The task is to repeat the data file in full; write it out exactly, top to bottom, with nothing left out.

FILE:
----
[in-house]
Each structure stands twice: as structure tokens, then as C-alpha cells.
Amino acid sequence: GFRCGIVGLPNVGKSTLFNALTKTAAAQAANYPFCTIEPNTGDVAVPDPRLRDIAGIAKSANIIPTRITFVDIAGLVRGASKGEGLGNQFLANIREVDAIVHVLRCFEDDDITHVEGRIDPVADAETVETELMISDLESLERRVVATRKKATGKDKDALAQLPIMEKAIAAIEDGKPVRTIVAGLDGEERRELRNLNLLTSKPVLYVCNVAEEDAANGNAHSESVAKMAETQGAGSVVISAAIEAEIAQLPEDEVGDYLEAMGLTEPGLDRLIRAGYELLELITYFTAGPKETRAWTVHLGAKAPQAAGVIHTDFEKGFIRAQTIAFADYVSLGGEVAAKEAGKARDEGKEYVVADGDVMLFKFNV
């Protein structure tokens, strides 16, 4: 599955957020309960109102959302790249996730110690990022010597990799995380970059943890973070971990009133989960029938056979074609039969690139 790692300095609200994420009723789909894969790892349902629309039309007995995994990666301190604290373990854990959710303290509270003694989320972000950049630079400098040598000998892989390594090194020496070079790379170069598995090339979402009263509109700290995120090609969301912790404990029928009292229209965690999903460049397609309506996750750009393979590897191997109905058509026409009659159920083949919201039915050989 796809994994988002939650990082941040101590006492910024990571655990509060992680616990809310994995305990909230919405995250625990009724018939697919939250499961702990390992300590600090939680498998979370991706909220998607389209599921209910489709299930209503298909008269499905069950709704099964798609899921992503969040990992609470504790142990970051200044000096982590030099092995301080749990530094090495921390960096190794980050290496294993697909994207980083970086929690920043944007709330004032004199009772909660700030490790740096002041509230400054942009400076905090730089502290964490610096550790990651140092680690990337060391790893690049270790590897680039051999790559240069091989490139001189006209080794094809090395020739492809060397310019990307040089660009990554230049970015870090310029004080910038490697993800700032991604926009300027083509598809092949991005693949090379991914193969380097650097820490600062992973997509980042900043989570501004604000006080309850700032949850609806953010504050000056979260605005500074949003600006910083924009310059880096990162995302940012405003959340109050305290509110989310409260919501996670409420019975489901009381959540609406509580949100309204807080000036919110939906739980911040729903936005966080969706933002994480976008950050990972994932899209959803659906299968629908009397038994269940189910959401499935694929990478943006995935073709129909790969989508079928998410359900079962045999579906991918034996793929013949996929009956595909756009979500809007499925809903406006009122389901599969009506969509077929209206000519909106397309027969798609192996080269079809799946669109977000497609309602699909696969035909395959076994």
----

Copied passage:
[in-house]
Each structure stands twice: as structure tokens, then as C-alpha cells.
Amino acid sequence: GFRCGIVGLPNVGKSTLFNALTKTAAAQAANYPFCTIEPNTGDVAVPDPRLRDIAGIAKSANIIPTRITFVDIAGLVRGASKGEGLGNQFLANIREVDAIVHVLRCFEDDDITHVEGRIDPVADAETVETELMISDLESLERRVVATRKKATGKDKDALAQLPIMEKAIAAIEDGKPVRTIVAGLDGEERRELRNLNLLTSKPVLYVCNVAEEDAANGNAHSESVAKMAETQGAGSVVISAAIEAEIAQLPEDEVGDYLEAMGLTEPGLDRLIRAGYELLELITYFTAGPKETRAWTVHLGAKAPQAAGVIHTDFEKGFIRAQTIAFADYVSLGGEVAAKEAGKARDEGKEYVVADGDVMLFKFNV
């Protein structure tokens, strides 16, 4: 599955957020309960109102959302790249996730110690990022010597990799995380970059943890973070971990009133989960029938056979074609039969690139 790692300095609200994420009723789909894969790892349902629309039309007995995994990666301190604290373990854990959710303290509270003694989320972000950049630079400098040598000998892989390594090194020496070079790379170069598995090339979402009263509109700290995120090609969301912790404990029928009292229209965690999903460049397609309506996750750009393979590897191997109905058509026409009659159920083949919201039915050989 796809994994988002939650990082941040101590006492910024990571655990509060992680616990809310994995305990909230919405995250625990009724018939697919939250499961702990390992300590600090939680498998979370991706909220998607389209599921209910489709299930209503298909008269499905069950709704099964798609899921992503969040990992609470504790142990970051200044000096982590030099092995301080749990530094090495921390960096190794980050290496294993697909994207980083970086929690920043944007709330004032004199009772909660700030490790740096002041509230400054942009400076905090730089502290964490610096550790990651140092680690990337060391790893690049270790590897680039051999790559240069091989490139001189006209080794094809090395020739492809060397310019990307040089660009990554230049970015870090310029004080910038490697993800700032991604926009300027083509598809092949991005693949090379991914193969380097650097820490600062992973997509980042900043989570501004604000006080309850700032949850609806953010504050000056979260605005500074949003600006910083924009310059880096990162995302940012405003959340109050305290509110989310409260919501996670409420019975489901009381959540609406509580949100309204807080000036919110939906739980911040729903936005966080969706933002994480976008950050990972994932899209959803659906299968629908009397038994269940189910959401499935694929990478943006995935073709129909790969989508079928998410359900079962045999579906991918034996793929013949996929009956595909756009979500809007499925809903406006009122389901599969009506969509077929209206000519909106397309027969798609192996080269079809799946669109977000497609309602699909696969035909395959076994």